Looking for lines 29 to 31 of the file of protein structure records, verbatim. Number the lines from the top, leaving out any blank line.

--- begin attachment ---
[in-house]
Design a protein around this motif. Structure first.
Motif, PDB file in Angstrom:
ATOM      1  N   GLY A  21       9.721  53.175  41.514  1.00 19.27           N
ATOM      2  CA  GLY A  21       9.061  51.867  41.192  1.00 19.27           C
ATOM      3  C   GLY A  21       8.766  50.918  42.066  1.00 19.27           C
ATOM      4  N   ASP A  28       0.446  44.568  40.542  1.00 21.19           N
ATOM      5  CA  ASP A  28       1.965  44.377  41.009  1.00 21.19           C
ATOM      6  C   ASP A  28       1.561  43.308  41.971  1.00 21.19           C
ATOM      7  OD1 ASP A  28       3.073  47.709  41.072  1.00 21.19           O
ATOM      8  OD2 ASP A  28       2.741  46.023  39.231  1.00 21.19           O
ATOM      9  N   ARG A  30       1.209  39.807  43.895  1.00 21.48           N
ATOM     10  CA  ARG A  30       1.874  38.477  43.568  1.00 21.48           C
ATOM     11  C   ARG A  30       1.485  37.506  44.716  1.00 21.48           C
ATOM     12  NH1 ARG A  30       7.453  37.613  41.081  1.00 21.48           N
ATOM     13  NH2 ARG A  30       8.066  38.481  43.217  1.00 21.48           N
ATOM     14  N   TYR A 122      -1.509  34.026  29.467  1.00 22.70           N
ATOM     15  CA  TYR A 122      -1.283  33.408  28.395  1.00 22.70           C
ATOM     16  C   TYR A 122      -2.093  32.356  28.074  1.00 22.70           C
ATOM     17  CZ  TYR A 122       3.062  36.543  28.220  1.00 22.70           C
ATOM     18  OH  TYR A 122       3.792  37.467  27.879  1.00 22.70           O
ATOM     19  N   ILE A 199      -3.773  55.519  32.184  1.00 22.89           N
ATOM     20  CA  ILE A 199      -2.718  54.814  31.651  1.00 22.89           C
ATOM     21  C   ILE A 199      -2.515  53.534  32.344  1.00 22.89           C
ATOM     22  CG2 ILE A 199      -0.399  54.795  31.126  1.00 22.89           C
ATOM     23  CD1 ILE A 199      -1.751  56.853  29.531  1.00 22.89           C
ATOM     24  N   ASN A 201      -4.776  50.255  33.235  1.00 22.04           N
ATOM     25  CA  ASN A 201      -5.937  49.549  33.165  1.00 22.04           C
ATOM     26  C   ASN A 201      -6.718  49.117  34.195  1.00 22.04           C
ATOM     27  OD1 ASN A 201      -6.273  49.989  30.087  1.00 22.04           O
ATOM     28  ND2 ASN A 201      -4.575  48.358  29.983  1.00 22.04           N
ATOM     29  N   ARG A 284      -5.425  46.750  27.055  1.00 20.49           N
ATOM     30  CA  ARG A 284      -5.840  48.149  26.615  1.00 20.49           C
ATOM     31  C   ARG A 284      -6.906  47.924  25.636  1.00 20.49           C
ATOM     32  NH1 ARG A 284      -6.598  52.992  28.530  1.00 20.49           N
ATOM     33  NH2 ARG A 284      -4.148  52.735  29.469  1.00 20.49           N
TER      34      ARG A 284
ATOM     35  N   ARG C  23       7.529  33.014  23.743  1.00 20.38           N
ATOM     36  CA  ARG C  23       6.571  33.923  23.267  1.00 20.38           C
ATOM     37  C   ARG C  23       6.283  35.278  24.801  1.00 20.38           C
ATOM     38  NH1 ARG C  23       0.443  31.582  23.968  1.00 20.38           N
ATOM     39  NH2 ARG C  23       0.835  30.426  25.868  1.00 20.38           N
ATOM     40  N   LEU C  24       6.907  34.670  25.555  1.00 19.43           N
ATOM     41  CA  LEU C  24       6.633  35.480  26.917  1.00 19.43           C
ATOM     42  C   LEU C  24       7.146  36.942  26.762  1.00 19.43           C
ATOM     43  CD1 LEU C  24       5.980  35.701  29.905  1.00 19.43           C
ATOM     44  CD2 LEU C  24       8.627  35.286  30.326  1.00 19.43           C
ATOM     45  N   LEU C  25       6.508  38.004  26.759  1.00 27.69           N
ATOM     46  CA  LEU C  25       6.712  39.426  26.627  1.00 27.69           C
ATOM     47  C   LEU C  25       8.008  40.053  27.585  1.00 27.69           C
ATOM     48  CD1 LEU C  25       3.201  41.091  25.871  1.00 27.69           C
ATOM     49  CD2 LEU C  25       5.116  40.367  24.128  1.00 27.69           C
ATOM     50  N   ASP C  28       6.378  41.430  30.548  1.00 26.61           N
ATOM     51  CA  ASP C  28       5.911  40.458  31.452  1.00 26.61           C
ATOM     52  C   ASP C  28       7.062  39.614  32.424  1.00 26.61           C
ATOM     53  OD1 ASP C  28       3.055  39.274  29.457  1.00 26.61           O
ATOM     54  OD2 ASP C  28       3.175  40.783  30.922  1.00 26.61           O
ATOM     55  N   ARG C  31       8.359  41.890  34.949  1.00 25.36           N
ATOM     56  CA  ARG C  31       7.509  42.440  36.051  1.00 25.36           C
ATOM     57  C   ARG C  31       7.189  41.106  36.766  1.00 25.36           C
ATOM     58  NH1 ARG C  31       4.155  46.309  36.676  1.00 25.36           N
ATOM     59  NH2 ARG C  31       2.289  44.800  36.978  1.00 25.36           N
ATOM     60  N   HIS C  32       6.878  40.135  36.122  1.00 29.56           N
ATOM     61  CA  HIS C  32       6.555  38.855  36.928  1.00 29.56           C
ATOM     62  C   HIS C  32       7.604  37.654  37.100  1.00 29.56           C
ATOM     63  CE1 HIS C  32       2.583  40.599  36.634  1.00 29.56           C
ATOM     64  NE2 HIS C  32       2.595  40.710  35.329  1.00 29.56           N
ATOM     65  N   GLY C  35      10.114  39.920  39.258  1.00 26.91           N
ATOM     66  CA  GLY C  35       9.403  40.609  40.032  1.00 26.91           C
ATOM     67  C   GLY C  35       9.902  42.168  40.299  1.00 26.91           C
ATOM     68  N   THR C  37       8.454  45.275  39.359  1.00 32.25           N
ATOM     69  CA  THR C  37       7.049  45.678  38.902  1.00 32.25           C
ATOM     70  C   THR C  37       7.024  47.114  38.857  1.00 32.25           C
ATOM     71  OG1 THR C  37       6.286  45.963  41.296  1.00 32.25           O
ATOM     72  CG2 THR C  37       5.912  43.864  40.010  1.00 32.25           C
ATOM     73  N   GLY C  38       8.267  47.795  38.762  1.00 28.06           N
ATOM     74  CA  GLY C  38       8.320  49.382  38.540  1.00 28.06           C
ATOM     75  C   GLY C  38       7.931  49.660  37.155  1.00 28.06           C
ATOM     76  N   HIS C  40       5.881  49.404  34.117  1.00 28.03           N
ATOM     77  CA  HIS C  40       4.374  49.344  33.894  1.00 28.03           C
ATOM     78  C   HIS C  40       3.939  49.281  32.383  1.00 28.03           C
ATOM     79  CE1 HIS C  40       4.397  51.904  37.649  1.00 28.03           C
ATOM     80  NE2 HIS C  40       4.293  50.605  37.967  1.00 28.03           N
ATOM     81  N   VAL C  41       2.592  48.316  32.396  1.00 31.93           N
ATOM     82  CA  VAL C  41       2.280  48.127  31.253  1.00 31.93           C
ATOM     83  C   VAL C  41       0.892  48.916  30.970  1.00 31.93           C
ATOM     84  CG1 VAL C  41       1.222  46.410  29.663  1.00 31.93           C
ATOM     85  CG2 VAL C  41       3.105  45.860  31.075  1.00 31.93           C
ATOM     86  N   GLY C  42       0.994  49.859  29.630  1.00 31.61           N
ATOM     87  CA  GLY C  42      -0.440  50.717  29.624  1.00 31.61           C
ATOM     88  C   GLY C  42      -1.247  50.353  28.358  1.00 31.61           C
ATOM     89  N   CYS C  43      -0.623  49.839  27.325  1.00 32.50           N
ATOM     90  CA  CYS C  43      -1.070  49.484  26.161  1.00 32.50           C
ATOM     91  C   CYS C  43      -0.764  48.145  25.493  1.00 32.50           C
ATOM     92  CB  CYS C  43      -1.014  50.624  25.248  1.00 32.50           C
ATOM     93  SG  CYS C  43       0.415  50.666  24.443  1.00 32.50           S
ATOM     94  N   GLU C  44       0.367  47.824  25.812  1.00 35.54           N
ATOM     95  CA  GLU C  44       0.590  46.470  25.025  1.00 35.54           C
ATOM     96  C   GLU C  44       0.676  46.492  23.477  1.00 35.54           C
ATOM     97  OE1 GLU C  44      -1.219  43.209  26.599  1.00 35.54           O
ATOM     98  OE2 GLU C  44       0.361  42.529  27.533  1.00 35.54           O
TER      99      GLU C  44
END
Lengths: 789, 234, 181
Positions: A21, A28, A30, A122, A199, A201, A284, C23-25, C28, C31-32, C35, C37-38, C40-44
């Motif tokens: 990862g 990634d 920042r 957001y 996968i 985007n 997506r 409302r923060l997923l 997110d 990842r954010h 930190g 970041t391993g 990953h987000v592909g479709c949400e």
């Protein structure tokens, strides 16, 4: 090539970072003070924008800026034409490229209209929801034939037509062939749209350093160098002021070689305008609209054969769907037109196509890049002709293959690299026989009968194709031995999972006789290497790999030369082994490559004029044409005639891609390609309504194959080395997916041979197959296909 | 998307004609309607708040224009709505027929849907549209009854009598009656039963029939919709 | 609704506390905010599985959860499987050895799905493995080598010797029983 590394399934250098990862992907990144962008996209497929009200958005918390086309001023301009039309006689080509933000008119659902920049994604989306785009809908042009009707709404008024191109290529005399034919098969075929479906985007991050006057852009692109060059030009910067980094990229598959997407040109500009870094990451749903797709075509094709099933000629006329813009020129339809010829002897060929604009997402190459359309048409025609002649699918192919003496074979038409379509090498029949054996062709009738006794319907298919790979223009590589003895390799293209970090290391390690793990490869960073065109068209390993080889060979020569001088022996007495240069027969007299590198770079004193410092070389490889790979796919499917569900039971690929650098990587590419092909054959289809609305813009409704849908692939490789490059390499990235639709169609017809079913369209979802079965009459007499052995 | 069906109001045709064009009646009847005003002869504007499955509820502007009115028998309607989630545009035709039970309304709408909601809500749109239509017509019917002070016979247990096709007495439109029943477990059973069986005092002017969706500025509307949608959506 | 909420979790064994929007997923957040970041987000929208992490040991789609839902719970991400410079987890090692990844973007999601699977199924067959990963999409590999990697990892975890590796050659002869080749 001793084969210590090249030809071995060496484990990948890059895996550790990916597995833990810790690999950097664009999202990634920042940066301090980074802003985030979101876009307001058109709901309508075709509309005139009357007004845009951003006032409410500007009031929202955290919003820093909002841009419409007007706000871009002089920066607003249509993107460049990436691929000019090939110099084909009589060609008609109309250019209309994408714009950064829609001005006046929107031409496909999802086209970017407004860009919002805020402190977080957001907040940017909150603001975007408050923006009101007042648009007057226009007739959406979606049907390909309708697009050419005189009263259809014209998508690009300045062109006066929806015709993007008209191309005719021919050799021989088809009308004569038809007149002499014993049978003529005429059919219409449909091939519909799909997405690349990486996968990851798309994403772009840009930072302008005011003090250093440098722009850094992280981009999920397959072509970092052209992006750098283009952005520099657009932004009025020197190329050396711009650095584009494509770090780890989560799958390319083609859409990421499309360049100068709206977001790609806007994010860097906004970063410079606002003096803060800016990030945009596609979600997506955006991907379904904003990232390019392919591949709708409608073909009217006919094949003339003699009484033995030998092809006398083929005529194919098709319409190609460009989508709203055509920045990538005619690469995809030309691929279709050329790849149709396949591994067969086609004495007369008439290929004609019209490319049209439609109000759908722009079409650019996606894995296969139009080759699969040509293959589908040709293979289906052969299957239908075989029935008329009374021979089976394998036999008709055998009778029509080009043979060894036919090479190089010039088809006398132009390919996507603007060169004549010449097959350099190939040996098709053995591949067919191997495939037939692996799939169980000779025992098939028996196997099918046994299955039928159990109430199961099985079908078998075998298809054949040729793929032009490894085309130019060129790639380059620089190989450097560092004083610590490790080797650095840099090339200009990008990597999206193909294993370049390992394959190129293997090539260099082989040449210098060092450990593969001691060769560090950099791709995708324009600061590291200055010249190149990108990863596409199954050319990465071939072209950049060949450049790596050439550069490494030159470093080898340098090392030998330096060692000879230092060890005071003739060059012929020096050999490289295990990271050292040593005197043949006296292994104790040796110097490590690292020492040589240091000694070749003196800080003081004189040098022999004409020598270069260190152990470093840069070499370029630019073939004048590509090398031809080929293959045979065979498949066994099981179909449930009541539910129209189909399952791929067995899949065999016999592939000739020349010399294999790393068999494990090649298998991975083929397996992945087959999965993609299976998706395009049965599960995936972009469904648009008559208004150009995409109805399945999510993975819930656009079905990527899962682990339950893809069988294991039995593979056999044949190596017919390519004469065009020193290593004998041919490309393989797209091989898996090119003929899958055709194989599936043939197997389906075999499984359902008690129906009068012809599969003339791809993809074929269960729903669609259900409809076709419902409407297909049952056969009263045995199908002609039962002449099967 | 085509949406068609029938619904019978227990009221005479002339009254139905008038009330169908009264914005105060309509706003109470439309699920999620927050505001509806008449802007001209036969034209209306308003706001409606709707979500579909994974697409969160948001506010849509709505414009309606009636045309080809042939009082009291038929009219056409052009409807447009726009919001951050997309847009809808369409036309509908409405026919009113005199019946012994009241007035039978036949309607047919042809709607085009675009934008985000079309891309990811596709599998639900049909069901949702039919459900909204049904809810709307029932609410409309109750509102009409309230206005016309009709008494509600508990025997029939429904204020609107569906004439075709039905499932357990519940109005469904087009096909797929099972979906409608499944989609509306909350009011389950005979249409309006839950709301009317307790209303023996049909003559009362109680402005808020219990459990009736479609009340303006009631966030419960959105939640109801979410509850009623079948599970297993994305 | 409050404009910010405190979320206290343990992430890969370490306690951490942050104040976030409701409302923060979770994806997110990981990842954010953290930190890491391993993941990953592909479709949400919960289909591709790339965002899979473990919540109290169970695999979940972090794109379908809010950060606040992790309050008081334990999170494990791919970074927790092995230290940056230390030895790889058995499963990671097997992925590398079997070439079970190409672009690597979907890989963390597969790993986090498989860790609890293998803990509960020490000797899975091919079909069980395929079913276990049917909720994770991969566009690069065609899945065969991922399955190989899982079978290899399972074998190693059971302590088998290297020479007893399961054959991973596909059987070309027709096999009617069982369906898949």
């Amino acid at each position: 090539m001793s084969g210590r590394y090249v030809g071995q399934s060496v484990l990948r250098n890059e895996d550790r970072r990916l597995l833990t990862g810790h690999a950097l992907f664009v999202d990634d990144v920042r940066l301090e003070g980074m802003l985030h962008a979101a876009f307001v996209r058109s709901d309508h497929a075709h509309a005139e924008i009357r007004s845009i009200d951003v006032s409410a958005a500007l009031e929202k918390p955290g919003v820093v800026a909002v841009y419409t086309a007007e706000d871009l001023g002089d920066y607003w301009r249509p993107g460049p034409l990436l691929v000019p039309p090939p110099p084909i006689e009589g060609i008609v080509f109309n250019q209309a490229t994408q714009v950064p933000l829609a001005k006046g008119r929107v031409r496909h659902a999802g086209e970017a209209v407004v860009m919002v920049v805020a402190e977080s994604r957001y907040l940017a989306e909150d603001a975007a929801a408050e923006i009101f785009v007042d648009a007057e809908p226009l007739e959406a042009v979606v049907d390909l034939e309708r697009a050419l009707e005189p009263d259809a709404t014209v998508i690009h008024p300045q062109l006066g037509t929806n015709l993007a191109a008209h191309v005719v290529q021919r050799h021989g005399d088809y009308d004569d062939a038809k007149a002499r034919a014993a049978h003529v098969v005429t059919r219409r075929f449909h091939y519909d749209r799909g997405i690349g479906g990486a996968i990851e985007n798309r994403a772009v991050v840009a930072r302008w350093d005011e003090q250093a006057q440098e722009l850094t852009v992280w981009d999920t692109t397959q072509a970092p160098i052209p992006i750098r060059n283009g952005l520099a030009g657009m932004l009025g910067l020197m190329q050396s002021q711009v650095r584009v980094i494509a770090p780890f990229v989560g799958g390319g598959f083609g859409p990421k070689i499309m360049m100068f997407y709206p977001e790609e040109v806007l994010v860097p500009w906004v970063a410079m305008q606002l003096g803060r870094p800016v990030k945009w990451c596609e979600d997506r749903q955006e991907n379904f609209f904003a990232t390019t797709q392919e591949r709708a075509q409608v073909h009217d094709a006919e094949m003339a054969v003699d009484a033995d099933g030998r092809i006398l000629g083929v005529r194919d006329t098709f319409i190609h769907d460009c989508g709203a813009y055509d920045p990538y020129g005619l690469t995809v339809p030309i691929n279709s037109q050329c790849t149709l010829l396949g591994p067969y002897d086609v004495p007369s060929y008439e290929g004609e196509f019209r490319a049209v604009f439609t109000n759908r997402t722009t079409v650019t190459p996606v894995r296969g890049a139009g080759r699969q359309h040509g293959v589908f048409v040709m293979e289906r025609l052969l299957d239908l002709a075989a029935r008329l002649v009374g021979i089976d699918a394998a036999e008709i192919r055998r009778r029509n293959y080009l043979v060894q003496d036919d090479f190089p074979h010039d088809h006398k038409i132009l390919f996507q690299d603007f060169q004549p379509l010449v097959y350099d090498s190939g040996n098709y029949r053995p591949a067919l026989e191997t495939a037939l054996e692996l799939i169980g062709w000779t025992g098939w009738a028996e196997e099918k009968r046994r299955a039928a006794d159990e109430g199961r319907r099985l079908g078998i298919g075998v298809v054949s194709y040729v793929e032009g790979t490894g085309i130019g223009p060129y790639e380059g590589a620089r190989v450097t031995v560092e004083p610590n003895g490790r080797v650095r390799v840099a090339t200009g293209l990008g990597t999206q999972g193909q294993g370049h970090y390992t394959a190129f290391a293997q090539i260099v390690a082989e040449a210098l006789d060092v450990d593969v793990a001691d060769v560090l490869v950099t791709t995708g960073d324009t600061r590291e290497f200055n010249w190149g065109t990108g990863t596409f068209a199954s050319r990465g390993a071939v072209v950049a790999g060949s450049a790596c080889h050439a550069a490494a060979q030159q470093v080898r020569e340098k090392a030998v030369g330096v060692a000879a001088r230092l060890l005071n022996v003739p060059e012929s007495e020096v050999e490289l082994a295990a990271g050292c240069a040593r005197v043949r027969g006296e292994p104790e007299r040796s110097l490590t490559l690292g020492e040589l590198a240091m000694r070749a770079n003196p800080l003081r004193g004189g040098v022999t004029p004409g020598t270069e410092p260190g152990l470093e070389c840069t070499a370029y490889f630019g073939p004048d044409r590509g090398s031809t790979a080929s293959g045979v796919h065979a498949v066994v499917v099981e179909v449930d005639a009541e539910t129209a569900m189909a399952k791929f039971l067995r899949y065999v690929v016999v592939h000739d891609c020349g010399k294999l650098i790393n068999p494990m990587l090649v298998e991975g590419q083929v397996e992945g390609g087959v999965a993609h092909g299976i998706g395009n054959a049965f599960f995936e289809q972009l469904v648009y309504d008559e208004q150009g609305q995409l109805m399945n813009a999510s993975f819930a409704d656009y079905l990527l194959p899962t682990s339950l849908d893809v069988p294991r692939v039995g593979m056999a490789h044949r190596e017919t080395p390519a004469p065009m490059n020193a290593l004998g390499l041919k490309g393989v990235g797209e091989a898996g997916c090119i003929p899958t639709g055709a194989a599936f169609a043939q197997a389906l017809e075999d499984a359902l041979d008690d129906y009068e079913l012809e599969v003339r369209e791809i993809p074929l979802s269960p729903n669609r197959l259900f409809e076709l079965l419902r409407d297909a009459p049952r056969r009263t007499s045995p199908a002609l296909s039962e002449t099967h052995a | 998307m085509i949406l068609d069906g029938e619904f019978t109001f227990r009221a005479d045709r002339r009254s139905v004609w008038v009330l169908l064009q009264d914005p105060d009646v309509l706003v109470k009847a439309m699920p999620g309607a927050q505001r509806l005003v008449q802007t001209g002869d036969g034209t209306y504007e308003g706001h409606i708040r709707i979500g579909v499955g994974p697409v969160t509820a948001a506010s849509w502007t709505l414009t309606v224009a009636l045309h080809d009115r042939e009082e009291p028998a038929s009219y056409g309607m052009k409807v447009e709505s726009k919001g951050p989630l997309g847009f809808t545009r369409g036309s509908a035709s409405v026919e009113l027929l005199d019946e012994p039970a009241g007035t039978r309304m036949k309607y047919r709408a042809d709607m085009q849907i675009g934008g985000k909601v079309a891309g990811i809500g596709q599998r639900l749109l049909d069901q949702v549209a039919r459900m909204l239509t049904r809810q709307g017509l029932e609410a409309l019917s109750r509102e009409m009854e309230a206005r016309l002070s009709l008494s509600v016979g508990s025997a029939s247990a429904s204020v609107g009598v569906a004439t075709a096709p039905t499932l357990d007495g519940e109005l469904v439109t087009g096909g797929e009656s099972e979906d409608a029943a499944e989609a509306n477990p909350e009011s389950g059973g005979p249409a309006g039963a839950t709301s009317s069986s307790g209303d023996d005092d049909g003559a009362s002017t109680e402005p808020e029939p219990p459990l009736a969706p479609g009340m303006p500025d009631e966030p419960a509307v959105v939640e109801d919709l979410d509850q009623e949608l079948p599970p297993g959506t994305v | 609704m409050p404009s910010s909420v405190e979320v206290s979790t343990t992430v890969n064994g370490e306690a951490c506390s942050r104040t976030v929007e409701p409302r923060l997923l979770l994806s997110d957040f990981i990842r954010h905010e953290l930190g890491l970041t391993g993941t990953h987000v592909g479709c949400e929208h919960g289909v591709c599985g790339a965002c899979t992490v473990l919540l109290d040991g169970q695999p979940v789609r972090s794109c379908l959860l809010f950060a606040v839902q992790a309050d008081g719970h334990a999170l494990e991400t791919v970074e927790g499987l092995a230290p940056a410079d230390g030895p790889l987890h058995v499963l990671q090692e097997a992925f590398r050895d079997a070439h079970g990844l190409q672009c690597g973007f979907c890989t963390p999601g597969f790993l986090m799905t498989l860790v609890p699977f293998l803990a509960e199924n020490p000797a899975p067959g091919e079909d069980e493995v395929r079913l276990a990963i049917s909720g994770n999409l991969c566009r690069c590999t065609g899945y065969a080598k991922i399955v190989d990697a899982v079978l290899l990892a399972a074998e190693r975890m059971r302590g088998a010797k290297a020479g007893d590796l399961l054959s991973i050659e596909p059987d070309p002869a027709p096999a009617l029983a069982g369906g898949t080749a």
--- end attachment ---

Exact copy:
ATOM     26  C   ASN A 201      -6.718  49.117  34.195  1.00 22.04           C
ATOM     27  OD1 ASN A 201      -6.273  49.989  30.087  1.00 22.04           O
ATOM     28  ND2 ASN A 201      -4.575  48.358  29.983  1.00 22.04           N